I’m sometimes called a fish doctor by clients, but I would more rightly be called a fish vet.
Often people ask, "Do you have to be a veterinarian and then do further study to become a fish vet?"
The answer is, "Yes."
Legally speaking, you have to be a registered veterinarian to perform medical procedures on animals (which includes fishes). Making diagnoses, and treating or prescribing treatments constitute "acts of veterinary science".
Post-graduation, I sat rigorous examinations to become a Member of the ANZCVS in the subjects of Aquatic Animal Health, and then in Pathobiology (study of diseases). I also earned a Masters of Philosophy in Pathology, and have since become a Certified Aquatic Veterinarian. But, all this study doesn’t beat getting real-life experience, which has been considerable since graduating in 2001.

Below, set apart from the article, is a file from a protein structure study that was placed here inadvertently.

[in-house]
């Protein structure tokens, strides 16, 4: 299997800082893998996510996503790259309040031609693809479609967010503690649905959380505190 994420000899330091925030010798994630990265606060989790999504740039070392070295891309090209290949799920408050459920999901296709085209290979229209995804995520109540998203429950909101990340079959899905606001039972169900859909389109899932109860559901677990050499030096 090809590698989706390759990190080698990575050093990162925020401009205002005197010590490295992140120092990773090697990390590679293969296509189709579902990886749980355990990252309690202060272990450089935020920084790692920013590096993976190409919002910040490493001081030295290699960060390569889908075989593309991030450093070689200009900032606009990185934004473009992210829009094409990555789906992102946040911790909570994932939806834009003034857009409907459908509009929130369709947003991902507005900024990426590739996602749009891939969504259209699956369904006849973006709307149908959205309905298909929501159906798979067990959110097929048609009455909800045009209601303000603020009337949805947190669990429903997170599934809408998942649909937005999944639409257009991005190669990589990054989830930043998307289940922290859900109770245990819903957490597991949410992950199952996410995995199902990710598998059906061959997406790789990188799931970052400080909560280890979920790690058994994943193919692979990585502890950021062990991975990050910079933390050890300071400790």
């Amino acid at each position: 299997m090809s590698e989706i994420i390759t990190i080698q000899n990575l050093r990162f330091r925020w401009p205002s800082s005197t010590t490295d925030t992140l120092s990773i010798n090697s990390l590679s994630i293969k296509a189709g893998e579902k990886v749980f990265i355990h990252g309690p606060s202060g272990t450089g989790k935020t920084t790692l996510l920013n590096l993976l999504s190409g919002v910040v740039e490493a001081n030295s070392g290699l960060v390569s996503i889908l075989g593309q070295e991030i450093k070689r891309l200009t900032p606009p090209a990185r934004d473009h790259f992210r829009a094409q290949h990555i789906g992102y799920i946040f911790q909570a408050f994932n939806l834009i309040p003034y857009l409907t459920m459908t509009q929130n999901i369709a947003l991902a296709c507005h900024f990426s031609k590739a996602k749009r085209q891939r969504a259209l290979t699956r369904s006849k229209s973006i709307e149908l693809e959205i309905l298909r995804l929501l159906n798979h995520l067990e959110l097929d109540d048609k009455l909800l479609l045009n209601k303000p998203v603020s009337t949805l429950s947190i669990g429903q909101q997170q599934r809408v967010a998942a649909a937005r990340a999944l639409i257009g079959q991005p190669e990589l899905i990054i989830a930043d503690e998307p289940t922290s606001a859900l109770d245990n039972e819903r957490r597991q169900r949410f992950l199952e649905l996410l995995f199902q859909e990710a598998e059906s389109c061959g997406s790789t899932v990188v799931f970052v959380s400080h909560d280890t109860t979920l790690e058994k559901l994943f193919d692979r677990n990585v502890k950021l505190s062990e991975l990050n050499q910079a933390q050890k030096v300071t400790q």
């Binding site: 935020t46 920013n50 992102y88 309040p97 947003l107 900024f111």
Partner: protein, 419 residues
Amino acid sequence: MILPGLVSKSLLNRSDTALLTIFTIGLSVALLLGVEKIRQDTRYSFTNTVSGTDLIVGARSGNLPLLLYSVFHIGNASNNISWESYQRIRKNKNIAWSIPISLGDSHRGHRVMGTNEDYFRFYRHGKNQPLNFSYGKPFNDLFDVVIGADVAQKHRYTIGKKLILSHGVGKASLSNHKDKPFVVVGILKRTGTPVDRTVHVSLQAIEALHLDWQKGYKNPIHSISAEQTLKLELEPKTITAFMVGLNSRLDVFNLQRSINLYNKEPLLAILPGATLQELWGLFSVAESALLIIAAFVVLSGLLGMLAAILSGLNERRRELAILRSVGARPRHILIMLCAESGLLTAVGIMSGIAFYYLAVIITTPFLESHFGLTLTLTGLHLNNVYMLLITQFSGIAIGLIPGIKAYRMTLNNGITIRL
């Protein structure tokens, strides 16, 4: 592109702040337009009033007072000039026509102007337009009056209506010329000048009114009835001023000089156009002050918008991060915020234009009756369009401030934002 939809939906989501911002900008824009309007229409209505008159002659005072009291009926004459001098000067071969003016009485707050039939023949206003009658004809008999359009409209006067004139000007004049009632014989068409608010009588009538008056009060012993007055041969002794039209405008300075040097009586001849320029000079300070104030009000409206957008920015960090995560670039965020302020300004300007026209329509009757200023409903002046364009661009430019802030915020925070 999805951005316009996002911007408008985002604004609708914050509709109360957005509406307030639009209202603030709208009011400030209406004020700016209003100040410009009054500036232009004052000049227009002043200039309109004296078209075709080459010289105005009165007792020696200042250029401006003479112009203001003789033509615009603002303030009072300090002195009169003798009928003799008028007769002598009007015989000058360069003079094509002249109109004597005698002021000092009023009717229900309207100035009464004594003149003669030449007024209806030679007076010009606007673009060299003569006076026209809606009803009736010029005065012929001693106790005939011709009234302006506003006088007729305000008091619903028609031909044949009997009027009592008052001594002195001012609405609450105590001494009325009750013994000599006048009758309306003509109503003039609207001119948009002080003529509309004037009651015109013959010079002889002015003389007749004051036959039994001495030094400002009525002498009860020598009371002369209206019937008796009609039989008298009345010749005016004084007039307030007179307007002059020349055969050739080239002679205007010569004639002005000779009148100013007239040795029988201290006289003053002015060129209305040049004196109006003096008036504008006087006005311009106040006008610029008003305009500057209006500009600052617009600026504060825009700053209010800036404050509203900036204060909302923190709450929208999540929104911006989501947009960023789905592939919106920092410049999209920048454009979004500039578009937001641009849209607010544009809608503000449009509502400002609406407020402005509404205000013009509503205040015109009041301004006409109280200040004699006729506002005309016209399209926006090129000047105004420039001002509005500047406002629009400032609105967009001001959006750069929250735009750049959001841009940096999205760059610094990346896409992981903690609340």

There are however, courses that you can do to learn more about aquatic animal health that don’t require vet degree. For instance, the MSc in Aquatic Production and Veterinary Health
A bachelors degree is a prerequisite, and preference is given to applicants with academic background in biology, marine science, environmental science, and/or veterinary science.
It’s the newest course of its kind and the curriculum looks comprehensive. A great way for any fish health professional to expand on their fish expertise.
Dr Richmond Loh DipProjMgt, BSc, BVMS, MPhil (Pathology), MANZCVS (Aquatics & Pathobiology), CertAqV, CMAVA, NATA Signatory.
Aquatic Veterinarian & Veterinary Pathologist
THE FISH VET, AUSTRALIA – PERTH | MELBOURNE | TOWNSVILLE
Mobile Aquatic Veterinary Medical & Diagnostic Services.
- W: http://www.thefishvet.com.au
- Ph: +61 (0)421 822 383
- Skype: thefishvet
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